A 5.7 magnitude earthquake shook Salt Lake City and its suburbs early Wednesday, causing spooked residents to flee their homes, knocking out power for tens of thousands, and closing the city's airport. The epicenter was just southwest of Salt Lake City, and about 2.8 million in the state probably felt the quake, the US Geological Survey reports. There were no initial reports of injuries or major damage to buildings, said Utah Emergency Management spokesman Joe Dougherty. It was the largest quake to hit Utah since a 5.9 magnitude quake shook southern Utah in 1992, per Utah Emergency Management. After the initial quake struck at 7:09am, the USGS recorded four smaller quakes over the next 23 minutes, ranging in magnitude from 3.7 to 3.9.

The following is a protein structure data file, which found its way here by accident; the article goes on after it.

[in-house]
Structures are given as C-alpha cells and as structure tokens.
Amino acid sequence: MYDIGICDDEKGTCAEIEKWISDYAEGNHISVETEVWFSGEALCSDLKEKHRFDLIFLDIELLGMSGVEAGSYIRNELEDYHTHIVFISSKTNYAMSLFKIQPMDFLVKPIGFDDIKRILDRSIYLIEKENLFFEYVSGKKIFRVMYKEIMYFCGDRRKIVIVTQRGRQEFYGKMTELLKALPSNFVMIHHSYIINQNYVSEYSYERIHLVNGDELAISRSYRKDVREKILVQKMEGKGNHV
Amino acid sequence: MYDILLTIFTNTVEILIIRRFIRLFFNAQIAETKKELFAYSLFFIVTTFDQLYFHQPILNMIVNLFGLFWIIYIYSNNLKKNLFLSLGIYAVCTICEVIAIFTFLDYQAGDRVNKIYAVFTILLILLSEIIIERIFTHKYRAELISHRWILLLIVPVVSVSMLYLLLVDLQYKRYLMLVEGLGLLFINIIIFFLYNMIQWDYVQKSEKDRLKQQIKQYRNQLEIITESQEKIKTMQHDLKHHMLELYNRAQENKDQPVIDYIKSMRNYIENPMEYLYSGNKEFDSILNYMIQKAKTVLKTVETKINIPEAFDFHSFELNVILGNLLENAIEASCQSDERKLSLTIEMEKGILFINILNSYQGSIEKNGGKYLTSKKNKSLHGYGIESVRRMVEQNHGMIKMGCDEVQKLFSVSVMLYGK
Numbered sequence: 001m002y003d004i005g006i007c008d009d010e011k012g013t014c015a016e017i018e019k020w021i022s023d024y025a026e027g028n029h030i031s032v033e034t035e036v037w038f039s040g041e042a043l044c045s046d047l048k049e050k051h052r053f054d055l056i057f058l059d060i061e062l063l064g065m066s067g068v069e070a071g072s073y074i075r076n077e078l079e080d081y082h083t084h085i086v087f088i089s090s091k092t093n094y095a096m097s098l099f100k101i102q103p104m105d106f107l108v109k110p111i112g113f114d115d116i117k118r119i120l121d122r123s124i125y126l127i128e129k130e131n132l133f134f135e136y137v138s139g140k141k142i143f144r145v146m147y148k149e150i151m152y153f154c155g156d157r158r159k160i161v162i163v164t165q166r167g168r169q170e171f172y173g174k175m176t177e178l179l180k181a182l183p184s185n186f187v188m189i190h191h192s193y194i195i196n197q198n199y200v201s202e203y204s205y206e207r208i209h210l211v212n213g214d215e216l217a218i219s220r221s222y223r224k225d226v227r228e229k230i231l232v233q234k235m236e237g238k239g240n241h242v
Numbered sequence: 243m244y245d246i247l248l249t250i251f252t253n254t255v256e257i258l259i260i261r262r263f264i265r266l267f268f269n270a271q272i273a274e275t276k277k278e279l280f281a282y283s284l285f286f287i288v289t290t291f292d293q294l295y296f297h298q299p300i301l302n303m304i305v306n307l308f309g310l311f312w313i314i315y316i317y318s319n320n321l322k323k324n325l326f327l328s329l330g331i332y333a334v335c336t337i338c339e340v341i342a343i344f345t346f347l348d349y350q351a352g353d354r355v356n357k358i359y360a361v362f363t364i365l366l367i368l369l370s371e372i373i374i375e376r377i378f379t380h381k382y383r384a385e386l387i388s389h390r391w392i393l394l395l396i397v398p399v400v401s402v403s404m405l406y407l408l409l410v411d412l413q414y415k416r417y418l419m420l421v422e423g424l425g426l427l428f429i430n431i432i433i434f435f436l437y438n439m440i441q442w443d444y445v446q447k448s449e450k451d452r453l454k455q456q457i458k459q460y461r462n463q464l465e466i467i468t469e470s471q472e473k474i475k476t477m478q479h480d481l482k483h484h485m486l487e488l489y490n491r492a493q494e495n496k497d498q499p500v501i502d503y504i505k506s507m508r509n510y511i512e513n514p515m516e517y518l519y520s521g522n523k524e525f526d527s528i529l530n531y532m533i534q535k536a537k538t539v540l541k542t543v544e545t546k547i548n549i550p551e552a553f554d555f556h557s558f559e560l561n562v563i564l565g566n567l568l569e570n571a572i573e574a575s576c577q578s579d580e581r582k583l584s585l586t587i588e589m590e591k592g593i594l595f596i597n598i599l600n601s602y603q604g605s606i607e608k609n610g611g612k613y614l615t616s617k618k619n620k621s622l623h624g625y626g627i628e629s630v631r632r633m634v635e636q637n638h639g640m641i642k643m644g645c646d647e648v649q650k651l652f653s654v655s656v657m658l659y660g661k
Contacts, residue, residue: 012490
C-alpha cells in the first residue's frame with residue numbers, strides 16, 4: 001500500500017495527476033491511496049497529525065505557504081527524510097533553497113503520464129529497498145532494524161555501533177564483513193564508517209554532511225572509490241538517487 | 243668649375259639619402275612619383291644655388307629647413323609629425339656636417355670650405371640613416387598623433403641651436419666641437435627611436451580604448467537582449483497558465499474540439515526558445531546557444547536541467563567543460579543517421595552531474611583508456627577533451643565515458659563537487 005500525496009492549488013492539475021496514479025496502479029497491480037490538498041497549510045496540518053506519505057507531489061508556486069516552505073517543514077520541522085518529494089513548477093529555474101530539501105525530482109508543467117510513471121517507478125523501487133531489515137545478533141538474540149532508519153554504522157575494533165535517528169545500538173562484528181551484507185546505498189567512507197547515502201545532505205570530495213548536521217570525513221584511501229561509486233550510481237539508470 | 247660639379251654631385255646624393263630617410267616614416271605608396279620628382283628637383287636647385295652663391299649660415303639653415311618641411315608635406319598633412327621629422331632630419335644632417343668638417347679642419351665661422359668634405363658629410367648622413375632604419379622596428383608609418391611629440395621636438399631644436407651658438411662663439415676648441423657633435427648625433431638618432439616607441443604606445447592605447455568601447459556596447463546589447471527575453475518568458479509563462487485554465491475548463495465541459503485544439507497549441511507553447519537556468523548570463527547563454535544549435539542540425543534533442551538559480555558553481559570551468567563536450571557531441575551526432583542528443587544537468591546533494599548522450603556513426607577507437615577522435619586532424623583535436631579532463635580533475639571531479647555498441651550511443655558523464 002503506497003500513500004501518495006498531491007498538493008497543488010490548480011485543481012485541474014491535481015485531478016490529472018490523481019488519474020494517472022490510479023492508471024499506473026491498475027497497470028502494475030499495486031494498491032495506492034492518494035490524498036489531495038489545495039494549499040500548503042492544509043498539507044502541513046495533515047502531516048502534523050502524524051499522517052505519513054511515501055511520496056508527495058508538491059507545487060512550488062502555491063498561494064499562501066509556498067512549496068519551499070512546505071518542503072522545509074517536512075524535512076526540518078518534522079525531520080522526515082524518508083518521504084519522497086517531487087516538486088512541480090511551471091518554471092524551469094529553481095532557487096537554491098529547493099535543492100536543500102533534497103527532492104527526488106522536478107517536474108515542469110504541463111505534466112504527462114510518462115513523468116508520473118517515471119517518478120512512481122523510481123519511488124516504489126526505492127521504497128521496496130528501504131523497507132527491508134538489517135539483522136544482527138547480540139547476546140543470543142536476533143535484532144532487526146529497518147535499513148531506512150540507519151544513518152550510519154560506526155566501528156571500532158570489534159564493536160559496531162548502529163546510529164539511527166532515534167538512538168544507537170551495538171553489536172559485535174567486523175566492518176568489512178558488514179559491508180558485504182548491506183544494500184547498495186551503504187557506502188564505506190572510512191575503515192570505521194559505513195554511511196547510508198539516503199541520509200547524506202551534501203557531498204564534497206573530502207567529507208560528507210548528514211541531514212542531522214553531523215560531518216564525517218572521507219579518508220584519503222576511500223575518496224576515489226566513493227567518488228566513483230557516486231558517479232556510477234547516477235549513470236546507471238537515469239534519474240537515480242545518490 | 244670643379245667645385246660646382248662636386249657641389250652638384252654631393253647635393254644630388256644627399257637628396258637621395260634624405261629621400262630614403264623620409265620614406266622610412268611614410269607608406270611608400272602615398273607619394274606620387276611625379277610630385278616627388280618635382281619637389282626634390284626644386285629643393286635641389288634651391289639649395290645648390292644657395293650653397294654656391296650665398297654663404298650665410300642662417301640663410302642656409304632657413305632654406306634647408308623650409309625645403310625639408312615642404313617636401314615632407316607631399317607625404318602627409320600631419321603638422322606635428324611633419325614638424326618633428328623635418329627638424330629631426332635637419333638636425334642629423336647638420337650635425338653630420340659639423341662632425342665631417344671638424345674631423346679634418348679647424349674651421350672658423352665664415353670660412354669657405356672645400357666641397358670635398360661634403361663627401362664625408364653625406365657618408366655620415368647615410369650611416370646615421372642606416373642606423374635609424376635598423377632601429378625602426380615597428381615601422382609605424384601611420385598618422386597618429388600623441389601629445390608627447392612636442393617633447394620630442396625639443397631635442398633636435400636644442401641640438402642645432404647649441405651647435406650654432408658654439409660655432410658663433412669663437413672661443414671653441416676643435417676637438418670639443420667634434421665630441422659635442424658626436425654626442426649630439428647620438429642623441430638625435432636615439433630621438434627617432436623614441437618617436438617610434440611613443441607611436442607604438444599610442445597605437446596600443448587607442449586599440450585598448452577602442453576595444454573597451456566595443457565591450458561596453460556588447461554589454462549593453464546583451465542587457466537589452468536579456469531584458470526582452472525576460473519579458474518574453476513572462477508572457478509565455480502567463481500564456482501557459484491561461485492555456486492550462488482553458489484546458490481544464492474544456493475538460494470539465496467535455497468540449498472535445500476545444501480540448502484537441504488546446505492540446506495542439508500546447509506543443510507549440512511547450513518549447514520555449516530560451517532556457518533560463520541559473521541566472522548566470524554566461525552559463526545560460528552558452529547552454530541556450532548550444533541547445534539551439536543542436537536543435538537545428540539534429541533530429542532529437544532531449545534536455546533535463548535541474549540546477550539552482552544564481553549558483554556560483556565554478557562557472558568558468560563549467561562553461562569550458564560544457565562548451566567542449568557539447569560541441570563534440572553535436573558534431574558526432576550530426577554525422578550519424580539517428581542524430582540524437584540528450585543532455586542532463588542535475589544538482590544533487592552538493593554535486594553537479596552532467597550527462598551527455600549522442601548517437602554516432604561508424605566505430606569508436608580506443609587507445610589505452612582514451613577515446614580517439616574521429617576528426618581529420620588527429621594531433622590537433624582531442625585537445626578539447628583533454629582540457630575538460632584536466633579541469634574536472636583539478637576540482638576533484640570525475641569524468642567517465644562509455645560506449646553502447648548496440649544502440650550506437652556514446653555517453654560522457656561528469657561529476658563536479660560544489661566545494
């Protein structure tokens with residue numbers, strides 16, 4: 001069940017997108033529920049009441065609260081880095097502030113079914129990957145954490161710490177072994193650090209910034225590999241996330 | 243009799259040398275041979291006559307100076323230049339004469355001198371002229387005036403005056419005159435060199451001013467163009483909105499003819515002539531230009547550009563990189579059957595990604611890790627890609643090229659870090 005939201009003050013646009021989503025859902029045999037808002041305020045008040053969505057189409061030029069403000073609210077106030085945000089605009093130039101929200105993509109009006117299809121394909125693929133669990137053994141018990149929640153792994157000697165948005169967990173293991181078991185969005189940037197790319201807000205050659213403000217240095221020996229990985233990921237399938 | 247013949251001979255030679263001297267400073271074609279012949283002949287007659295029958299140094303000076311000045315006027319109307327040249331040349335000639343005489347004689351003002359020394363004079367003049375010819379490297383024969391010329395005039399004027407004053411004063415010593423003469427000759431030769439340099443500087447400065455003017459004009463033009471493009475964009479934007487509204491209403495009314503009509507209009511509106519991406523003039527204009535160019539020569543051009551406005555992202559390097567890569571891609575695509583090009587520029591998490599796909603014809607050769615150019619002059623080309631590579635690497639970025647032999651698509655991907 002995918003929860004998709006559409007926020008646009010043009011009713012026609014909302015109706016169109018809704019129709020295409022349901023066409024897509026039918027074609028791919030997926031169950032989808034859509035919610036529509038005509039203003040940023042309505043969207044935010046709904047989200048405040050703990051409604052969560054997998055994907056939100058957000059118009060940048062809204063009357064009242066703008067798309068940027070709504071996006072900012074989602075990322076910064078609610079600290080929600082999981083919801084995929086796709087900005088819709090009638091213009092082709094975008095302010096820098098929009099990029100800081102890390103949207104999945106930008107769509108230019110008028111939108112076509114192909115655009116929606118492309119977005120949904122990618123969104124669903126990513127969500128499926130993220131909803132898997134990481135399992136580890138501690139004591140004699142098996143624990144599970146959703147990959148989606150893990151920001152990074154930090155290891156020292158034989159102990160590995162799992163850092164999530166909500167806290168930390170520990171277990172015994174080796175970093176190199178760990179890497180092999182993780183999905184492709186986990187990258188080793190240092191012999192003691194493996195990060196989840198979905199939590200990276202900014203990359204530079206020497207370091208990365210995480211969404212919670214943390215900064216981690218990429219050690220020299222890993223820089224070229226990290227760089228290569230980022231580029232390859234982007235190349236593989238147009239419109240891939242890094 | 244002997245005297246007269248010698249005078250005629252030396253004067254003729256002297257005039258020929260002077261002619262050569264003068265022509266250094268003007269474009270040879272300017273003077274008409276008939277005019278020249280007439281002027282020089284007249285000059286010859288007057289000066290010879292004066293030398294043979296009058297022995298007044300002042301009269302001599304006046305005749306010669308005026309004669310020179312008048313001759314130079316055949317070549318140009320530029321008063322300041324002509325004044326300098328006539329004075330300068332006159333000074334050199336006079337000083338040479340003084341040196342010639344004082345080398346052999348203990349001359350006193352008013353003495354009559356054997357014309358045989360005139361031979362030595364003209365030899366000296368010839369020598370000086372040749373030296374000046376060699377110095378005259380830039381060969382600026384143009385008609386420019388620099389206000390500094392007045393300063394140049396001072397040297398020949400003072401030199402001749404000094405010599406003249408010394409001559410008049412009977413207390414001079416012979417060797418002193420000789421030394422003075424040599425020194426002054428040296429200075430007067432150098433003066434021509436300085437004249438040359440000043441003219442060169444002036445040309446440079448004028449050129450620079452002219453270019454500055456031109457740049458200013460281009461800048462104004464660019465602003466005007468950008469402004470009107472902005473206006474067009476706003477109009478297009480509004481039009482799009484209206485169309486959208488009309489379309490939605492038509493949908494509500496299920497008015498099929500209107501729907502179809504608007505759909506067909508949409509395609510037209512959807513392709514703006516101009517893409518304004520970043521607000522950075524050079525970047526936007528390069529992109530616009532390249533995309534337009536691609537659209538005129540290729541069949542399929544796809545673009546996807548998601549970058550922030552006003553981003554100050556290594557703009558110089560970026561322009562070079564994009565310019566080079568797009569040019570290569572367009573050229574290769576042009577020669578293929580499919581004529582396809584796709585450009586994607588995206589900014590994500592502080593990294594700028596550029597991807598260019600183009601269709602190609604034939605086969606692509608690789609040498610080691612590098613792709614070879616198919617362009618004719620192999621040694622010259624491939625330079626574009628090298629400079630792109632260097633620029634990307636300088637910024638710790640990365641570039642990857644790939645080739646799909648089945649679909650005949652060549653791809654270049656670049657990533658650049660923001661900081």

Residents reported feeling shaking across a 100-mile area, with the heaviest impact in Salt Lake County, officials said. Some residents ran from their homes and into the streets as they felt the earthquake shake buildings for 10 to 15 seconds. "We're hearing of lights falling down, bookcases falling down, we've heard of water lines breaking inside of buildings," Dougherty said. He recommended that people check on their neighbors, but that advice could be challenging when people are being told to stay inside their homes to help prevent the spread of the coronavirus, reports the AP. People reported feeling the quake in the neighboring states of Colorado, Idaho, Wyoming, and Nevada. Gov. Gary Herbert warned people to stay away from downtown Salt Lake City while officials assess damage. (Read more earthquake stories.)